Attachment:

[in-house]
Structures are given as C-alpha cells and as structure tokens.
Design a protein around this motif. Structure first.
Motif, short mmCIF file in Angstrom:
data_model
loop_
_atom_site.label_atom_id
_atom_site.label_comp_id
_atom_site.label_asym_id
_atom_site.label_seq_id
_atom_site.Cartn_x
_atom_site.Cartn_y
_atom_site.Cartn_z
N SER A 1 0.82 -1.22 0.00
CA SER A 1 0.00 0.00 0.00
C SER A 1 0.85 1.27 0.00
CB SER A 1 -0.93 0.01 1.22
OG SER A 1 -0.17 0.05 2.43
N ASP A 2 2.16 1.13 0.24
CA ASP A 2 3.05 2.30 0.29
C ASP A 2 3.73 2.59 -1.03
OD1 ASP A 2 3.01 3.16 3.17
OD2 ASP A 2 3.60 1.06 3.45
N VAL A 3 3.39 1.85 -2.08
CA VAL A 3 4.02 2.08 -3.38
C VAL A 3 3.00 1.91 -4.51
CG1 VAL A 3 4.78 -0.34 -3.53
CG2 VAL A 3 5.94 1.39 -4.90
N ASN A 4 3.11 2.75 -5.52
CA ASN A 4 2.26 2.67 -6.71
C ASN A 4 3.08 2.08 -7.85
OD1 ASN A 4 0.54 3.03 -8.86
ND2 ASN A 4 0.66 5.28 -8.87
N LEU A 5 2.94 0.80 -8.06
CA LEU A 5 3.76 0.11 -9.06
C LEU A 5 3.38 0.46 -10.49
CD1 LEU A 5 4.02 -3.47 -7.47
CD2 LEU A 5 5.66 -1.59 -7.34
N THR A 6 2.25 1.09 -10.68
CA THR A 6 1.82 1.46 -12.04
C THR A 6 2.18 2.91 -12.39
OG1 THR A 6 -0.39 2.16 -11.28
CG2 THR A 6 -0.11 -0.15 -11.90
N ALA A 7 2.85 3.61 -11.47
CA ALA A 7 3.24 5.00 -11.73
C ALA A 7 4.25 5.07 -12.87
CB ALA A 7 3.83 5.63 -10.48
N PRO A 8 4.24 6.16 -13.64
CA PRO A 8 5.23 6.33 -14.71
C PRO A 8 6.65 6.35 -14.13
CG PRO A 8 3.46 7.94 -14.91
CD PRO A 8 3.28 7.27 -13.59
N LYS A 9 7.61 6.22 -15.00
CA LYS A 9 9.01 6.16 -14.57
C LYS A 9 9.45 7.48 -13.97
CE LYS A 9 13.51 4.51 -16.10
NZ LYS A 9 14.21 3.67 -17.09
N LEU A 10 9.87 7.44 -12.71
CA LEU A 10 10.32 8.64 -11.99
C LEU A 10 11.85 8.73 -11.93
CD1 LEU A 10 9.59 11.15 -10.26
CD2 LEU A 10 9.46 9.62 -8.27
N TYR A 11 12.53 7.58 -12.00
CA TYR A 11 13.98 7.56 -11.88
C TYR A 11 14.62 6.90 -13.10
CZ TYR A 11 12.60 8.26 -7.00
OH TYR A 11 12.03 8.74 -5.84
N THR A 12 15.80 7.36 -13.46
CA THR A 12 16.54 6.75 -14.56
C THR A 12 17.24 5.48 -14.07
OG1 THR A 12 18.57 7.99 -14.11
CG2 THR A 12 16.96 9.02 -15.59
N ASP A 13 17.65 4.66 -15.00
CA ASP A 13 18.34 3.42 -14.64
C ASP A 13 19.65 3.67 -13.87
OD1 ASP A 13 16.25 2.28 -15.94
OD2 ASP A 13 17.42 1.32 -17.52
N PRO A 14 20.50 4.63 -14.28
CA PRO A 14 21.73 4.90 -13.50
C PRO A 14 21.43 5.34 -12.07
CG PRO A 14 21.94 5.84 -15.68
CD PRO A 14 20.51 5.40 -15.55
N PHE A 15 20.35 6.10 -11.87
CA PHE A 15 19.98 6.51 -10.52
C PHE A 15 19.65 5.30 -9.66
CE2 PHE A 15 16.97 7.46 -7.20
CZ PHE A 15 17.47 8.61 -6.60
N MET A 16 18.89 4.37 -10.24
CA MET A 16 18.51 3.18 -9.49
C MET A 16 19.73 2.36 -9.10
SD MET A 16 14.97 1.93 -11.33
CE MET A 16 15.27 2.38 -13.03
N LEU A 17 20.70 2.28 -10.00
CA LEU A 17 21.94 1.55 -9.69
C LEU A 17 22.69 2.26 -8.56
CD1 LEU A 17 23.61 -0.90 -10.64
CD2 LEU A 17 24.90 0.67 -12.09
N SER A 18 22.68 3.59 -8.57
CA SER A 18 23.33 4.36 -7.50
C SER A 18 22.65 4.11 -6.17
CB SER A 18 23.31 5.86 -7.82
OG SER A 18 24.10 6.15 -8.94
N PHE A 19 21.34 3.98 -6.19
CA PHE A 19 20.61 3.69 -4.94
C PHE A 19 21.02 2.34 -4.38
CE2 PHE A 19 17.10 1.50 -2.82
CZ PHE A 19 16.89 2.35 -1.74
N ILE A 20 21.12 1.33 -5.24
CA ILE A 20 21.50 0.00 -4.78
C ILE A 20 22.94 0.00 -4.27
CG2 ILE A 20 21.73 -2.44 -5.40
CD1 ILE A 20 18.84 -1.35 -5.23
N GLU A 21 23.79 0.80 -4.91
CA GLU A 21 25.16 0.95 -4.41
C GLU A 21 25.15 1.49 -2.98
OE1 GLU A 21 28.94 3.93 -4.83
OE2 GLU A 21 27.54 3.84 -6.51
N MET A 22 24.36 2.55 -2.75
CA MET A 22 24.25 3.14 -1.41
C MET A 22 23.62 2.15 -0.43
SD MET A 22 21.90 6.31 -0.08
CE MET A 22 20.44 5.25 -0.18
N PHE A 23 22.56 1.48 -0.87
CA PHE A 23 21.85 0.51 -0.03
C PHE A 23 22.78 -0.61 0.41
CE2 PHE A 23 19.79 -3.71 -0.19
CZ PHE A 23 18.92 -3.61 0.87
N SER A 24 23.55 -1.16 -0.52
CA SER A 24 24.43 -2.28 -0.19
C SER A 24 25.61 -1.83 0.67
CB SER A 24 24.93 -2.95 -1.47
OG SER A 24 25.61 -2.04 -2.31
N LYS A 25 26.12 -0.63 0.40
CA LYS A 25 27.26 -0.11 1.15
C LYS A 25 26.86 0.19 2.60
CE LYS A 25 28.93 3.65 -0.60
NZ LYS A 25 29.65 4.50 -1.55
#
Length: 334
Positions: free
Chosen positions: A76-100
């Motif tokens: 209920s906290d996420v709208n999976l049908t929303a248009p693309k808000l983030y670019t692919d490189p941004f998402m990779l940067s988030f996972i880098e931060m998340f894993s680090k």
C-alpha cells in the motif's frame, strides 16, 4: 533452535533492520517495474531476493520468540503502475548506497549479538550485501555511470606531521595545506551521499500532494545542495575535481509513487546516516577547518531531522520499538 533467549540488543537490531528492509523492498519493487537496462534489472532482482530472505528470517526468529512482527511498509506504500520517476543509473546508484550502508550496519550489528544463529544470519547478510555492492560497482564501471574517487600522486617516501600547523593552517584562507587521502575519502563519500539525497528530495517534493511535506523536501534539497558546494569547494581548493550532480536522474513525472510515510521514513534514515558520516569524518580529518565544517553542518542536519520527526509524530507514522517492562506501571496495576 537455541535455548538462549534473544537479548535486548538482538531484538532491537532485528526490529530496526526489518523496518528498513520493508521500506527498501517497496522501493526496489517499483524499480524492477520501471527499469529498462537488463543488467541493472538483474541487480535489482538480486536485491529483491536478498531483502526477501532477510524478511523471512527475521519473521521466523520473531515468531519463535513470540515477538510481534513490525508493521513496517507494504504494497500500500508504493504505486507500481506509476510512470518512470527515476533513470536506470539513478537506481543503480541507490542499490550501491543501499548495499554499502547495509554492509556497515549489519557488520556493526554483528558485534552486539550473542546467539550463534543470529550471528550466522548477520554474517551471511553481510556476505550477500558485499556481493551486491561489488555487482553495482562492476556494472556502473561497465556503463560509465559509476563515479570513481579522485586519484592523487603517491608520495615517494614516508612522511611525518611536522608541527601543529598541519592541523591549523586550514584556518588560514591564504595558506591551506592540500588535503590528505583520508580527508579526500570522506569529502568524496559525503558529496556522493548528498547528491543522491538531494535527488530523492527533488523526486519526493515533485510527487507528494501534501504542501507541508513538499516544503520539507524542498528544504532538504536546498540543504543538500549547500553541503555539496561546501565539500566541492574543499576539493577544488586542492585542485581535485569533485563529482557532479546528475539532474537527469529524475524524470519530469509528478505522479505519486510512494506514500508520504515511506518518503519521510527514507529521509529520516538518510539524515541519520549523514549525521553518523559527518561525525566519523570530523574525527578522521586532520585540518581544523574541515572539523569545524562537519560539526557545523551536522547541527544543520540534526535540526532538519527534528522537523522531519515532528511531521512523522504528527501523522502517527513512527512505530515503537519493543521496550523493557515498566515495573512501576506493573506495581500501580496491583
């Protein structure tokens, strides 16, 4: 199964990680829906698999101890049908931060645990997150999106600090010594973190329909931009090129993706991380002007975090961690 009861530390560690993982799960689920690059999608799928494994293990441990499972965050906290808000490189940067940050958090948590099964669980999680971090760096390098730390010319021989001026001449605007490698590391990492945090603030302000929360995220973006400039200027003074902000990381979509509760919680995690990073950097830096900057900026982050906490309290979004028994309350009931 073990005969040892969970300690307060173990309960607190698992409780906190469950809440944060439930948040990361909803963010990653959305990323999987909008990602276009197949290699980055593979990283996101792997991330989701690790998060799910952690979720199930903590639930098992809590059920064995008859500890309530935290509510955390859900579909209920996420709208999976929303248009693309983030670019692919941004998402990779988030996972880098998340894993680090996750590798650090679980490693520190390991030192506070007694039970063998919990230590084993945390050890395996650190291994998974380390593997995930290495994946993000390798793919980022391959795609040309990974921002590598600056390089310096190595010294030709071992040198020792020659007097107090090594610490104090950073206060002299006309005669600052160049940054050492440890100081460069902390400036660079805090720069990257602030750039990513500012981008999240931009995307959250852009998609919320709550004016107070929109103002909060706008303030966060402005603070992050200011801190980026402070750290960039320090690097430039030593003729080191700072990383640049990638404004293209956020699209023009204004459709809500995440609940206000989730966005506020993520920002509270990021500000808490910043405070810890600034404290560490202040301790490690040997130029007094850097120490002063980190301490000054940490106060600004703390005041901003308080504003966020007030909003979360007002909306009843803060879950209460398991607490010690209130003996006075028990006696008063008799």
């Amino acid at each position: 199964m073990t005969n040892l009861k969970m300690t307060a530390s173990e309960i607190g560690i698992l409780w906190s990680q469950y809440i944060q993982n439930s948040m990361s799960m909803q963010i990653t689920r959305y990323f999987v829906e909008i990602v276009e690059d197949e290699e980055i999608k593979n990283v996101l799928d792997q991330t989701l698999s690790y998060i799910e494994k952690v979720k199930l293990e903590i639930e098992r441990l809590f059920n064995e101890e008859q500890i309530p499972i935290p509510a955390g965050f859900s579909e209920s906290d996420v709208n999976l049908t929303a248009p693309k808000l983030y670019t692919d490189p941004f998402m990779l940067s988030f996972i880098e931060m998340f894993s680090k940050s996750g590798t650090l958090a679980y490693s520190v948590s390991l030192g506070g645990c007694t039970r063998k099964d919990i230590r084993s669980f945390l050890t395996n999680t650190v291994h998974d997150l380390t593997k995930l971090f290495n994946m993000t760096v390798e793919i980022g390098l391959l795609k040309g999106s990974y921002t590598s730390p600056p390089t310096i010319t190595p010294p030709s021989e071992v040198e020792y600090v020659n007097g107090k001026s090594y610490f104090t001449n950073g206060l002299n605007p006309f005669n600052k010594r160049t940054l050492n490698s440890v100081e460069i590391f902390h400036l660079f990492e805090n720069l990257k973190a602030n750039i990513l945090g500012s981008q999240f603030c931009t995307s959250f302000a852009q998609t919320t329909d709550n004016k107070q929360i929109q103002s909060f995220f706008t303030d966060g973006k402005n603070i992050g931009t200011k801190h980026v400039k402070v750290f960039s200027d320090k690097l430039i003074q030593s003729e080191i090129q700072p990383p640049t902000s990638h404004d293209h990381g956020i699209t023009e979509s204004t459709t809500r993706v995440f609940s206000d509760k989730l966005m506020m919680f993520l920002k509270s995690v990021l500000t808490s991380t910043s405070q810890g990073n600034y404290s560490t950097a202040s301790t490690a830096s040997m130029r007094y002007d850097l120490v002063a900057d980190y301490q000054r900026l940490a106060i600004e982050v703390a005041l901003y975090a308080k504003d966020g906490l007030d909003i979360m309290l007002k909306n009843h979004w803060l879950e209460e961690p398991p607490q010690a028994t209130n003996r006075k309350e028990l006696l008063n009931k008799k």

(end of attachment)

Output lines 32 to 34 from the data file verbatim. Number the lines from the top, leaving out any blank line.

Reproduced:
OD1 ASN A 4 0.54 3.03 -8.86
ND2 ASN A 4 0.66 5.28 -8.87
N LEU A 5 2.94 0.80 -8.06